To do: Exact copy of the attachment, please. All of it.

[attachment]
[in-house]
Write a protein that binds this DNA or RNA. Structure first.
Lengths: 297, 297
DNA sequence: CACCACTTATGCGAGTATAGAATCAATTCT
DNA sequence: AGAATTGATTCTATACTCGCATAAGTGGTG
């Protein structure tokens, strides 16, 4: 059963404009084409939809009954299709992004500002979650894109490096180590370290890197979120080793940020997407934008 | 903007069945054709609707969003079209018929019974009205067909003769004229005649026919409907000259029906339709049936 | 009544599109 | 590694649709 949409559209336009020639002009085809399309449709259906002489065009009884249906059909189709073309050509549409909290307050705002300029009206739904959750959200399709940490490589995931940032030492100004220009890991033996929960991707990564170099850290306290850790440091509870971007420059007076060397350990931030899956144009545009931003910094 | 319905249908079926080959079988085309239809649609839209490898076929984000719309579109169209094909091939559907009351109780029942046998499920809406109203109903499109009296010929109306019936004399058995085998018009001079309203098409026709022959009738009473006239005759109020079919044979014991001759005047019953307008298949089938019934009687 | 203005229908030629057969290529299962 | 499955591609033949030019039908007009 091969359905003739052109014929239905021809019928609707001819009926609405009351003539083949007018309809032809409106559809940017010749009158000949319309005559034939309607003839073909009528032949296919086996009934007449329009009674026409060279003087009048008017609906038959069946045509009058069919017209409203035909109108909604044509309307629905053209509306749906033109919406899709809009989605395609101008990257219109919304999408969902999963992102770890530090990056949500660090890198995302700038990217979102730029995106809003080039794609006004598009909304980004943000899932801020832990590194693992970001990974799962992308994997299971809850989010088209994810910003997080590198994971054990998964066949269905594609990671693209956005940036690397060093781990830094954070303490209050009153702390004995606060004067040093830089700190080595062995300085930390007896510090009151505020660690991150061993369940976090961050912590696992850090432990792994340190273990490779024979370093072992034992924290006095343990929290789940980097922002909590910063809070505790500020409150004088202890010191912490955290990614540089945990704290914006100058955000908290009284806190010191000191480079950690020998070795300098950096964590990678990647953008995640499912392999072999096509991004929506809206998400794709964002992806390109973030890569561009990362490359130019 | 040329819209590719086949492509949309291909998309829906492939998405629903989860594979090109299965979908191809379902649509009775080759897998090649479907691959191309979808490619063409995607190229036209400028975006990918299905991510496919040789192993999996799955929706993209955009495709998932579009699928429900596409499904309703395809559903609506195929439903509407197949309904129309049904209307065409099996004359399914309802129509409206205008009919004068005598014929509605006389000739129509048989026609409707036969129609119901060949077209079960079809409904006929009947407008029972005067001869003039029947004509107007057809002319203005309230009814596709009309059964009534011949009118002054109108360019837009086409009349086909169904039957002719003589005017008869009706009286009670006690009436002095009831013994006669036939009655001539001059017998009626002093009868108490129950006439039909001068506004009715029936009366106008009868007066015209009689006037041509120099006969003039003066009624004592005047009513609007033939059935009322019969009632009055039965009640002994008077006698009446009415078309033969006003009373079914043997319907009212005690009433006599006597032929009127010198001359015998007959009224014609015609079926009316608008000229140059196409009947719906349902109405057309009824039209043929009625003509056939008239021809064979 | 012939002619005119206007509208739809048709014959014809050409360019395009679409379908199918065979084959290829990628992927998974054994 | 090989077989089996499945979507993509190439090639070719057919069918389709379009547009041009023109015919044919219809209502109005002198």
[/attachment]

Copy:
[in-house]
Write a protein that binds this DNA or RNA. Structure first.
Lengths: 297, 297
DNA sequence: CACCACTTATGCGAGTATAGAATCAATTCT
DNA sequence: AGAATTGATTCTATACTCGCATAAGTGGTG
């Protein structure tokens, strides 16, 4: 059963404009084409939809009954299709992004500002979650894109490096180590370290890197979120080793940020997407934008 | 903007069945054709609707969003079209018929019974009205067909003769004229005649026919409907000259029906339709049936 | 009544599109 | 590694649709 949409559209336009020639002009085809399309449709259906002489065009009884249906059909189709073309050509549409909290307050705002300029009206739904959750959200399709940490490589995931940032030492100004220009890991033996929960991707990564170099850290306290850790440091509870971007420059007076060397350990931030899956144009545009931003910094 | 319905249908079926080959079988085309239809649609839209490898076929984000719309579109169209094909091939559907009351109780029942046998499920809406109203109903499109009296010929109306019936004399058995085998018009001079309203098409026709022959009738009473006239005759109020079919044979014991001759005047019953307008298949089938019934009687 | 203005229908030629057969290529299962 | 499955591609033949030019039908007009 091969359905003739052109014929239905021809019928609707001819009926609405009351003539083949007018309809032809409106559809940017010749009158000949319309005559034939309607003839073909009528032949296919086996009934007449329009009674026409060279003087009048008017609906038959069946045509009058069919017209409203035909109108909604044509309307629905053209509306749906033109919406899709809009989605395609101008990257219109919304999408969902999963992102770890530090990056949500660090890198995302700038990217979102730029995106809003080039794609006004598009909304980004943000899932801020832990590194693992970001990974799962992308994997299971809850989010088209994810910003997080590198994971054990998964066949269905594609990671693209956005940036690397060093781990830094954070303490209050009153702390004995606060004067040093830089700190080595062995300085930390007896510090009151505020660690991150061993369940976090961050912590696992850090432990792994340190273990490779024979370093072992034992924290006095343990929290789940980097922002909590910063809070505790500020409150004088202890010191912490955290990614540089945990704290914006100058955000908290009284806190010191000191480079950690020998070795300098950096964590990678990647953008995640499912392999072999096509991004929506809206998400794709964002992806390109973030890569561009990362490359130019 | 040329819209590719086949492509949309291909998309829906492939998405629903989860594979090109299965979908191809379902649509009775080759897998090649479907691959191309979808490619063409995607190229036209400028975006990918299905991510496919040789192993999996799955929706993209955009495709998932579009699928429900596409499904309703395809559903609506195929439903509407197949309904129309049904209307065409099996004359399914309802129509409206205008009919004068005598014929509605006389000739129509048989026609409707036969129609119901060949077209079960079809409904006929009947407008029972005067001869003039029947004509107007057809002319203005309230009814596709009309059964009534011949009118002054109108360019837009086409009349086909169904039957002719003589005017008869009706009286009670006690009436002095009831013994006669036939009655001539001059017998009626002093009868108490129950006439039909001068506004009715029936009366106008009868007066015209009689006037041509120099006969003039003066009624004592005047009513609007033939059935009322019969009632009055039965009640002994008077006698009446009415078309033969006003009373079914043997319907009212005690009433006599006597032929009127010198001359015998007959009224014609015609079926009316608008000229140059196409009947719906349902109405057309009824039209043929009625003509056939008239021809064979 | 012939002619005119206007509208739809048709014959014809050409360019395009679409379908199918065979084959290829990628992927998974054994 | 090989077989089996499945979507993509190439090639070719057919069918389709379009547009041009023109015919044919219809209502109005002198």